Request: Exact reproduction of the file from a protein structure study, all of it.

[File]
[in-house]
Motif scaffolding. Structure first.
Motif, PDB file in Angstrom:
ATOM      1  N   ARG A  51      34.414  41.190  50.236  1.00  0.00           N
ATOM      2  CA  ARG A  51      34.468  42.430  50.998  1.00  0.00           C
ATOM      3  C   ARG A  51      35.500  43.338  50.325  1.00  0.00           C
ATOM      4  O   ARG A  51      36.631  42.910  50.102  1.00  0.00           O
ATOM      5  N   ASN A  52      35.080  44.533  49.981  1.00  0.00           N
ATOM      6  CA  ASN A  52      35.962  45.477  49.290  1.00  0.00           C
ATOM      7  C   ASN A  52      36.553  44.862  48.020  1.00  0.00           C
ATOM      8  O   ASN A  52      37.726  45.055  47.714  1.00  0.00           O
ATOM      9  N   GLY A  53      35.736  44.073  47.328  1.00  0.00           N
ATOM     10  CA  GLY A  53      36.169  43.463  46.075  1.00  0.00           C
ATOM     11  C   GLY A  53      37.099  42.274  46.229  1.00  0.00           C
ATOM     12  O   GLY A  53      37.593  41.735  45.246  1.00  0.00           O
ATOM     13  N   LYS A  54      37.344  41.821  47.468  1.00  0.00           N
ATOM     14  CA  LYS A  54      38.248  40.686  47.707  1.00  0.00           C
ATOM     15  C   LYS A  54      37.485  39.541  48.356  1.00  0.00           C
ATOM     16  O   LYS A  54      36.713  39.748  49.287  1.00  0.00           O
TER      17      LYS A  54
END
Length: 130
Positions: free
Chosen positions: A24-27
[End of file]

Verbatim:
[in-house]
Motif scaffolding. Structure first.
Motif, PDB file in Angstrom:
ATOM      1  N   ARG A  51      34.414  41.190  50.236  1.00  0.00           N
ATOM      2  CA  ARG A  51      34.468  42.430  50.998  1.00  0.00           C
ATOM      3  C   ARG A  51      35.500  43.338  50.325  1.00  0.00           C
ATOM      4  O   ARG A  51      36.631  42.910  50.102  1.00  0.00           O
ATOM      5  N   ASN A  52      35.080  44.533  49.981  1.00  0.00           N
ATOM      6  CA  ASN A  52      35.962  45.477  49.290  1.00  0.00           C
ATOM      7  C   ASN A  52      36.553  44.862  48.020  1.00  0.00           C
ATOM      8  O   ASN A  52      37.726  45.055  47.714  1.00  0.00           O
ATOM      9  N   GLY A  53      35.736  44.073  47.328  1.00  0.00           N
ATOM     10  CA  GLY A  53      36.169  43.463  46.075  1.00  0.00           C
ATOM     11  C   GLY A  53      37.099  42.274  46.229  1.00  0.00           C
ATOM     12  O   GLY A  53      37.593  41.735  45.246  1.00  0.00           O
ATOM     13  N   LYS A  54      37.344  41.821  47.468  1.00  0.00           N
ATOM     14  CA  LYS A  54      38.248  40.686  47.707  1.00  0.00           C
ATOM     15  C   LYS A  54      37.485  39.541  48.356  1.00  0.00           C
ATOM     16  O   LYS A  54      36.713  39.748  49.287  1.00  0.00           O
TER      17      LYS A  54
END
Length: 130
Positions: free
Chosen positions: A24-27